Today's education news: Budgets, testing, vouchers and more
TALKING TAXES: Florida senators say public education and other basic services need more money than current revenue sources provide. So they're building new budget proposals with an eye toward new taxes. They're even willing to consider the FEA's idea for a dedicated sales tax for education.
THIS ONE'S A KEEPER: Moon Lake Elementary gets its fifth principal in one year. Students and staff couldn't be happier. (Times photo, Stephen J. Coddington)
TECHNOLOGY FIRST: A new charter high school in southeast Hillsborough will focus on high-tech skills.
THE IMPORTANCE OF TESTING: Retiring Hillsborough educator Grace Albritton talks about the value of good tests in helping children learn.
KIDS CAN DO IT, TOO: Some Wesley Chapel elementary students get a surprise visit from the author of a book they've been reading all year. She tells them that even they can be writers, with enough practice.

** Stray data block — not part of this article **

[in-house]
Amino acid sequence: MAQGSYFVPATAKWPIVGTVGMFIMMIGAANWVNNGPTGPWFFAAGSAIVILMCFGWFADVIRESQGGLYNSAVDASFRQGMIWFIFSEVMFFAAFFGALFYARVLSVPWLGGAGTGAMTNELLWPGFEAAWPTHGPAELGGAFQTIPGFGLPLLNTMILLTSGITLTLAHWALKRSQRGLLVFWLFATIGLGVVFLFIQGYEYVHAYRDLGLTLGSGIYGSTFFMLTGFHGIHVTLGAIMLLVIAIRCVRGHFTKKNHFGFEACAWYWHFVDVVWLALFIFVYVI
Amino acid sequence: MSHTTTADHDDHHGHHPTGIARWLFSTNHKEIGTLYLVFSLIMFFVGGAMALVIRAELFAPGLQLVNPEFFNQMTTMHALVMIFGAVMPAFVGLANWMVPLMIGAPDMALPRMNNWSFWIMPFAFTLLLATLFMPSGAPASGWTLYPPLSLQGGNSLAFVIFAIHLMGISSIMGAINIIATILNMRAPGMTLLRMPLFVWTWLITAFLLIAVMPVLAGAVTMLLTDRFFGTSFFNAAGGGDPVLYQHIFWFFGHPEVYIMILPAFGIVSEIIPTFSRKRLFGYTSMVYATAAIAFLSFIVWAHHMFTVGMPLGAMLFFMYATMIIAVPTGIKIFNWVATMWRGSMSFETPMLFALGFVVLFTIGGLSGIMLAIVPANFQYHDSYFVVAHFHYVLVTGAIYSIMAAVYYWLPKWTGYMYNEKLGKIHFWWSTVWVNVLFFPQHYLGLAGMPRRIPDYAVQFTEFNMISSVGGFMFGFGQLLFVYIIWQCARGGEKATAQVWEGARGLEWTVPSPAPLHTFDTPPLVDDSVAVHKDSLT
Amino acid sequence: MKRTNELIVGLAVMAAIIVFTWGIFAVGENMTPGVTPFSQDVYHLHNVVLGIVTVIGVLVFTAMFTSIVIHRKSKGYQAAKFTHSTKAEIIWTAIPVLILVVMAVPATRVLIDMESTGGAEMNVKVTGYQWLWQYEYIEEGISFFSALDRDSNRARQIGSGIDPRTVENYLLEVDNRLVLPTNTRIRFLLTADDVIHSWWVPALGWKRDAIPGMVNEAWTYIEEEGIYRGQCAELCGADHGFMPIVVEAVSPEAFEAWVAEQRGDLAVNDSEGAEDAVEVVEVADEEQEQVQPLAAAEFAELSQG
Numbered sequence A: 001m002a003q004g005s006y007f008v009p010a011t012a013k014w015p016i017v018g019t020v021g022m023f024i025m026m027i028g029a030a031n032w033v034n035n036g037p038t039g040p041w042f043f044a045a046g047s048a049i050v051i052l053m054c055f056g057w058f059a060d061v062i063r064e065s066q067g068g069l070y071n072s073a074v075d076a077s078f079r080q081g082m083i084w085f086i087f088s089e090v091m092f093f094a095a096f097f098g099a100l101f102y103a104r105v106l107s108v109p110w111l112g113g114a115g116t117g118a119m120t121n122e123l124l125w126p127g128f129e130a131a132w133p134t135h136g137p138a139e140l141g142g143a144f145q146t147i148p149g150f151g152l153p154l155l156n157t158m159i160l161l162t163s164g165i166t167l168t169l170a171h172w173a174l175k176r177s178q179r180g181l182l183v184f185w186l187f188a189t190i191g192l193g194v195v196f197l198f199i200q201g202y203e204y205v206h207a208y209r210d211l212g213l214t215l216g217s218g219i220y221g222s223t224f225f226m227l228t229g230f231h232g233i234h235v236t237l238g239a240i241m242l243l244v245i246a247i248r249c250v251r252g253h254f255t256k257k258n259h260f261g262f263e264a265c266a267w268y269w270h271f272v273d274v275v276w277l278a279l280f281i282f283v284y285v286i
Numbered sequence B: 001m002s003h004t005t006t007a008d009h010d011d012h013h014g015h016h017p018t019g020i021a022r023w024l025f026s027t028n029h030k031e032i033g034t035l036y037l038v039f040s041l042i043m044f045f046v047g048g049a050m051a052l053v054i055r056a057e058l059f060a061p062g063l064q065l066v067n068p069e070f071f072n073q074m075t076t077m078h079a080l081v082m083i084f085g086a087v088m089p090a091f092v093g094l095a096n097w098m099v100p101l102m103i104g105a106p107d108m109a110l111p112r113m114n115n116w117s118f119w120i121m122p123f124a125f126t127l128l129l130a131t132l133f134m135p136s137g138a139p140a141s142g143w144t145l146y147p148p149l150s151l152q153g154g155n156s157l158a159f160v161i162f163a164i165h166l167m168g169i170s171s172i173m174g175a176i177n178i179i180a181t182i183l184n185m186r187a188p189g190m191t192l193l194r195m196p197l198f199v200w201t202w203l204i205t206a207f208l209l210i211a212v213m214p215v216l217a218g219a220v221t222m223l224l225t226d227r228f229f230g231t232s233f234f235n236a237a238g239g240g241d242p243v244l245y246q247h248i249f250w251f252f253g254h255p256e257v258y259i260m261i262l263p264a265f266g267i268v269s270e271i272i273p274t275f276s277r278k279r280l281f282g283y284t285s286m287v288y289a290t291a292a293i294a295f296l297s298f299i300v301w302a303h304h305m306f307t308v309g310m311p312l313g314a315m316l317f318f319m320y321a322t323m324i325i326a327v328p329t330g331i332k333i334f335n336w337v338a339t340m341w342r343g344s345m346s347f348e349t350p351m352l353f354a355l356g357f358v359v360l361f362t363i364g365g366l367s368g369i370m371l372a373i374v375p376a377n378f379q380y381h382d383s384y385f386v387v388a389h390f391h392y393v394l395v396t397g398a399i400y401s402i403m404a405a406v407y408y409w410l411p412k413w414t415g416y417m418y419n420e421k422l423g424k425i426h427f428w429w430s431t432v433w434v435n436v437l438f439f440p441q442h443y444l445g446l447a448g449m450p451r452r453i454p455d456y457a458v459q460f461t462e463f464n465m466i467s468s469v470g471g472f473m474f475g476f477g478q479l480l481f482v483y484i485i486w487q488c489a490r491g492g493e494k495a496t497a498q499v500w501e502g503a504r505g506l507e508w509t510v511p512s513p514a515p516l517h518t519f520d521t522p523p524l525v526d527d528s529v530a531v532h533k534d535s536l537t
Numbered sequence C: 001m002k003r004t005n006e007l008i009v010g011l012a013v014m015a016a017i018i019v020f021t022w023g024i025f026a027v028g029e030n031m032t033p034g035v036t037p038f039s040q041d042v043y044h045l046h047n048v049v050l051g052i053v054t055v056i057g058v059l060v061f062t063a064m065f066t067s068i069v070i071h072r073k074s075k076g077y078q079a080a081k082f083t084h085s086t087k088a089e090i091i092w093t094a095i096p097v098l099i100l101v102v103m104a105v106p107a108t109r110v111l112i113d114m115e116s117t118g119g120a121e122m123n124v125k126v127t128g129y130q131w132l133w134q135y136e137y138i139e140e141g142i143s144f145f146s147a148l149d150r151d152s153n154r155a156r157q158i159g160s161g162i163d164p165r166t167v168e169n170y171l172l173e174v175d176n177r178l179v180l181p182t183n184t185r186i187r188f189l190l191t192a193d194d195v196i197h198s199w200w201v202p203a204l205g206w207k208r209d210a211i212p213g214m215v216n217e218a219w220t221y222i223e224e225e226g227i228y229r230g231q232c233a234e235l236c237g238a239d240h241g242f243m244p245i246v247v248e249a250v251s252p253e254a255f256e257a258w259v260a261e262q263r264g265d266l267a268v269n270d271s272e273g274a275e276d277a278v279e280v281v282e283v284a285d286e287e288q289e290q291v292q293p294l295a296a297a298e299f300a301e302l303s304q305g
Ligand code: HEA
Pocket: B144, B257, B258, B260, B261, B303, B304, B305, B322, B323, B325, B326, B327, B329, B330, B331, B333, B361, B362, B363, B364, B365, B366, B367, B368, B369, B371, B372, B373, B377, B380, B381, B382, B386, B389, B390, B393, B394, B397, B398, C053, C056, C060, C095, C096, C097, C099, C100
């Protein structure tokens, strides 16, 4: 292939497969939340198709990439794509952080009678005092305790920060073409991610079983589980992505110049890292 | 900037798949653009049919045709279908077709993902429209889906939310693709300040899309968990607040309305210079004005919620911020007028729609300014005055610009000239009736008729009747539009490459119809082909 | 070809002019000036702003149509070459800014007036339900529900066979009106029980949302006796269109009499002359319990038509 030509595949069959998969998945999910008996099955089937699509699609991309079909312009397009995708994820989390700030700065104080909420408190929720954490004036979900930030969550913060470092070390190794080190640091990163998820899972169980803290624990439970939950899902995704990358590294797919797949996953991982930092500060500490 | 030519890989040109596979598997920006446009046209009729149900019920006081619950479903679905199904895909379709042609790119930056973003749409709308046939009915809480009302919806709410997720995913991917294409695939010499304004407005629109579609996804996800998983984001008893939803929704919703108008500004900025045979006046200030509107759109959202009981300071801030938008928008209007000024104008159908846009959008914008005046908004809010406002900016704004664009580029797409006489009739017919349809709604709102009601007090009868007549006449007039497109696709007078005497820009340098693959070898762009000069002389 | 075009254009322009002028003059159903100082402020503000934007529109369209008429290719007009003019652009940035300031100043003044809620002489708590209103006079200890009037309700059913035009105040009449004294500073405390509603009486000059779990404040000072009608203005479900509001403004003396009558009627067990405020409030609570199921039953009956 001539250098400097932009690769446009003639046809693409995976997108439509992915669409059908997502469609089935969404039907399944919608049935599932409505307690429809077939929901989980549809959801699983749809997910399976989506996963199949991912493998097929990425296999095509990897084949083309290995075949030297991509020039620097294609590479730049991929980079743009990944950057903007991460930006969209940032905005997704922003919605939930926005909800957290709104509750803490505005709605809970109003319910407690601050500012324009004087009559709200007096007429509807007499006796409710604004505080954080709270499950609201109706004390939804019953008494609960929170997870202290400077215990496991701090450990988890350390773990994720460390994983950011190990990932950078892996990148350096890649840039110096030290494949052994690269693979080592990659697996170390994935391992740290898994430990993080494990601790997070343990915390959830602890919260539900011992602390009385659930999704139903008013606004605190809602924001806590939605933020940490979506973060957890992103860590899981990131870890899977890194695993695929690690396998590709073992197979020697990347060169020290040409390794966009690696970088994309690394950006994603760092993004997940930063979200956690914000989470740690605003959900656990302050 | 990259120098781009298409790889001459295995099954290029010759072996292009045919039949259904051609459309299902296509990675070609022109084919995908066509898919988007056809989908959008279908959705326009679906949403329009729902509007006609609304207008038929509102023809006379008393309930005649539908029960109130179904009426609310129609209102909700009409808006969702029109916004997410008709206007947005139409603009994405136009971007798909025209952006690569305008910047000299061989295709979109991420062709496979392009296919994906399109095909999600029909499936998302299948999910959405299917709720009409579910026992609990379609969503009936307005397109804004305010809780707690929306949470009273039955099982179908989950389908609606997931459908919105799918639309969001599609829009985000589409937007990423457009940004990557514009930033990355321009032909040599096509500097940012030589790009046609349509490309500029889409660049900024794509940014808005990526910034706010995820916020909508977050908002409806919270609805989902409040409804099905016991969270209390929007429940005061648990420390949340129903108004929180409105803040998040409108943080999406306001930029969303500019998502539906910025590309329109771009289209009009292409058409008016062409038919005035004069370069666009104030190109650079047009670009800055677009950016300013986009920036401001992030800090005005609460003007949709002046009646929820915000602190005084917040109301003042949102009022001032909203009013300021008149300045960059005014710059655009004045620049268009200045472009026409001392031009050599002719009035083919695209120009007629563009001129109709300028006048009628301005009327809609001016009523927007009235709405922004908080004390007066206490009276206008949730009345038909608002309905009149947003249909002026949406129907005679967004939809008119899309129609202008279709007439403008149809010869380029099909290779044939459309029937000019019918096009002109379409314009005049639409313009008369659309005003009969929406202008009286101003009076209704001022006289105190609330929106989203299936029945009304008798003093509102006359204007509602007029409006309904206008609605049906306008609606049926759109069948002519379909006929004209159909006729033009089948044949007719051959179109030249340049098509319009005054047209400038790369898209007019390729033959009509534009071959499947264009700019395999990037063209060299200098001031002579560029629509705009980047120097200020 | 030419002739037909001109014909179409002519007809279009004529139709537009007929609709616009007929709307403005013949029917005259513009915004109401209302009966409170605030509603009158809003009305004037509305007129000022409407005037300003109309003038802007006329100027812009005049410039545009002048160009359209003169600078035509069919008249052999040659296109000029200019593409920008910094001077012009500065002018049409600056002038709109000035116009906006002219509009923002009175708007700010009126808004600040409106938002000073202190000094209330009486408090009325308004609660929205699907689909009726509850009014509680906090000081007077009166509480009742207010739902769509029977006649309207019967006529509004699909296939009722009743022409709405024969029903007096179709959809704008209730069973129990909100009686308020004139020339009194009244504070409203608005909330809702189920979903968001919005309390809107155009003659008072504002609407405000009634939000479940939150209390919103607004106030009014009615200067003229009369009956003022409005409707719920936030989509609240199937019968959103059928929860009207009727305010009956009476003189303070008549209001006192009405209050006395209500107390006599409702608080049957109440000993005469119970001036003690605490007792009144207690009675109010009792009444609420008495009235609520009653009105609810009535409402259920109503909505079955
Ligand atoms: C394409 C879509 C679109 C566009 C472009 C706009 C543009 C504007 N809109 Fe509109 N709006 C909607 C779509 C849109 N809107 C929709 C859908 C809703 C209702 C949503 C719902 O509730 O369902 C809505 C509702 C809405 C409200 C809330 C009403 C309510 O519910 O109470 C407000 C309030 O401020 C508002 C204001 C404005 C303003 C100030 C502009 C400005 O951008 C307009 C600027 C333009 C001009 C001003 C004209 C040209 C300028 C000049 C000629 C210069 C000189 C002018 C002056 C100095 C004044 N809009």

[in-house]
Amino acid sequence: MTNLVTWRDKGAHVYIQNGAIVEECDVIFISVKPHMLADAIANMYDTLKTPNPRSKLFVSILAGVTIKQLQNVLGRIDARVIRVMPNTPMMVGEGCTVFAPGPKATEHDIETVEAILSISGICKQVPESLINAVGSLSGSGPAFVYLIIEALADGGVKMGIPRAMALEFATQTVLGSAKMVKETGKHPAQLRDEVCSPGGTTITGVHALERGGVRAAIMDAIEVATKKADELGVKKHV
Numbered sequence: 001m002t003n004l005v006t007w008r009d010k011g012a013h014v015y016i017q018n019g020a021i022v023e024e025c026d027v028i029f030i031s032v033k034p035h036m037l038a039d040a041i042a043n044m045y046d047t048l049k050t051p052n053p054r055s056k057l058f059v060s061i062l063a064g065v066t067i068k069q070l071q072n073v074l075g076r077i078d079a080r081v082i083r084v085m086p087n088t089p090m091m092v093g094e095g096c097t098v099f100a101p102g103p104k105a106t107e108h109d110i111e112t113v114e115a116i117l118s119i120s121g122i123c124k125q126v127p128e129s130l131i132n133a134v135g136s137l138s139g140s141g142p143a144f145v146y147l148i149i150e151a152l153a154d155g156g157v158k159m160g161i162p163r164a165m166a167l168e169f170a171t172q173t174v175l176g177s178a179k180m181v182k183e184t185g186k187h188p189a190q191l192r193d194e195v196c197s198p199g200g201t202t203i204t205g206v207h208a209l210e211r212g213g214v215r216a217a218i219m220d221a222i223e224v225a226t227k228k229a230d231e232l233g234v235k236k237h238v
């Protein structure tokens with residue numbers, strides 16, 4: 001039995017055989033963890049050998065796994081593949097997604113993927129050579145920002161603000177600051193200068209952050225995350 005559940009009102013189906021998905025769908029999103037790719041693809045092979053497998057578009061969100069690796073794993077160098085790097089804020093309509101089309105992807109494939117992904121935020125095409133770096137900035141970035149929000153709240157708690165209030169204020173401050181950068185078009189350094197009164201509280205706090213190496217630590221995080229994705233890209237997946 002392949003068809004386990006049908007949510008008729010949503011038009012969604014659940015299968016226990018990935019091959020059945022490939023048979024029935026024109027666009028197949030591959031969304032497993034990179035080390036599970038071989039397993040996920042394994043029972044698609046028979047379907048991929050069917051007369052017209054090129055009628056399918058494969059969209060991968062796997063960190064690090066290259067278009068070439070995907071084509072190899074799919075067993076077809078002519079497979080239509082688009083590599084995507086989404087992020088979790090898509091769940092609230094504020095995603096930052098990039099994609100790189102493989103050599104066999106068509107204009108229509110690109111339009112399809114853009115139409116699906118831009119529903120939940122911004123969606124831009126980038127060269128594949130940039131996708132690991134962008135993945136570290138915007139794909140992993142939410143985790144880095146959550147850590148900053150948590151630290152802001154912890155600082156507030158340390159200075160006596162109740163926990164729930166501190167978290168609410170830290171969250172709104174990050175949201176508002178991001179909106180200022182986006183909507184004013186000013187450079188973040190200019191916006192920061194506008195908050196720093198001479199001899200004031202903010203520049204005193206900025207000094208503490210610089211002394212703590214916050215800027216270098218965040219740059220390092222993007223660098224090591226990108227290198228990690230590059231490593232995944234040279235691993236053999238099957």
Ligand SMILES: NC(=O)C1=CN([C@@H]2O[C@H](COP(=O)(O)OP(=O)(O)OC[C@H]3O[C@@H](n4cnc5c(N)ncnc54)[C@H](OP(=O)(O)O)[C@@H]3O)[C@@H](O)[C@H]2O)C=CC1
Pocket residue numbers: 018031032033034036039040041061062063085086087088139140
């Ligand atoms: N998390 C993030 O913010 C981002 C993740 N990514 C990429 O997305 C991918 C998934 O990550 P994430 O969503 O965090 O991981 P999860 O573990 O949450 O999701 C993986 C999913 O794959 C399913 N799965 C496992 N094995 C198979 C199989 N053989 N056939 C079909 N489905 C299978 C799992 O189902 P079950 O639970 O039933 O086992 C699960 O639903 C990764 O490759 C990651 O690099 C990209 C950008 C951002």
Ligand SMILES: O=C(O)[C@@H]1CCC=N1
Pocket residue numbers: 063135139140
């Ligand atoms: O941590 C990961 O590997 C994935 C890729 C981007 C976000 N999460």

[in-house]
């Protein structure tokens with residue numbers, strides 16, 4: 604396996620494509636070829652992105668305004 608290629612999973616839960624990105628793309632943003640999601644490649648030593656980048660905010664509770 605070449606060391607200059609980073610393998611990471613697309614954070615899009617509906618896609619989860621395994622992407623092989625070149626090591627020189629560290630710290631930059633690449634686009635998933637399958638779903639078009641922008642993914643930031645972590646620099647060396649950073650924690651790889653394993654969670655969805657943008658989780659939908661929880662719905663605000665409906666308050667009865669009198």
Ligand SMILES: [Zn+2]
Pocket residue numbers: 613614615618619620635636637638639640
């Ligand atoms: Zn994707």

TATE'S CRUSADE: Stanley Tate, founder of the Florida Prepaid College Tuition program, is fighting proposals to increase the cost of going to college, the Orlando Sentinel reports. "It's a dumb time to be raising tuition," he says.
GRADUATION VENUE SET: After weeks of back and forth, Palm Beach finally settles on a location for its high school graduations — even though it's more expensive than desired, the Sun-Sentinel reports.
NO VOUCHERS ALLOWED: Arizona's Supreme Court follows Florida's lead in ruling school vouchers unconstitutional, the Arizona Republic reports. • Talk about expanding voucher programs in Florida remains muted amid budget concerns, the Orlando Sentinel reports.
ART MATTERS: A new Florida State University study says the arts help keep students motivated in school, WJHG-TV reports.
SCANDAL AT THE BALLOT BOX? A candidate for Florida Gulf Coast University's student government president alleges the election process is tainted, the Fort Myers News-Press reports.
CROSSING THEIR FINGERS: Lee approves a $10 million software purchase — similar to one that got the district in trouble last year — hoping stimulus funds will come through to cover the cost, the Naples Daily News reports.
NO MORE PAPER: South Florida schools go paperless to save money and to hold students' interest, the Miami Herald reports.
CARVAHLO CUTS HIS OWN PAY: The Miami-Dade superintendent says he'll share the financial pain with employees forced to take unpaid days, the Miami Herald reports.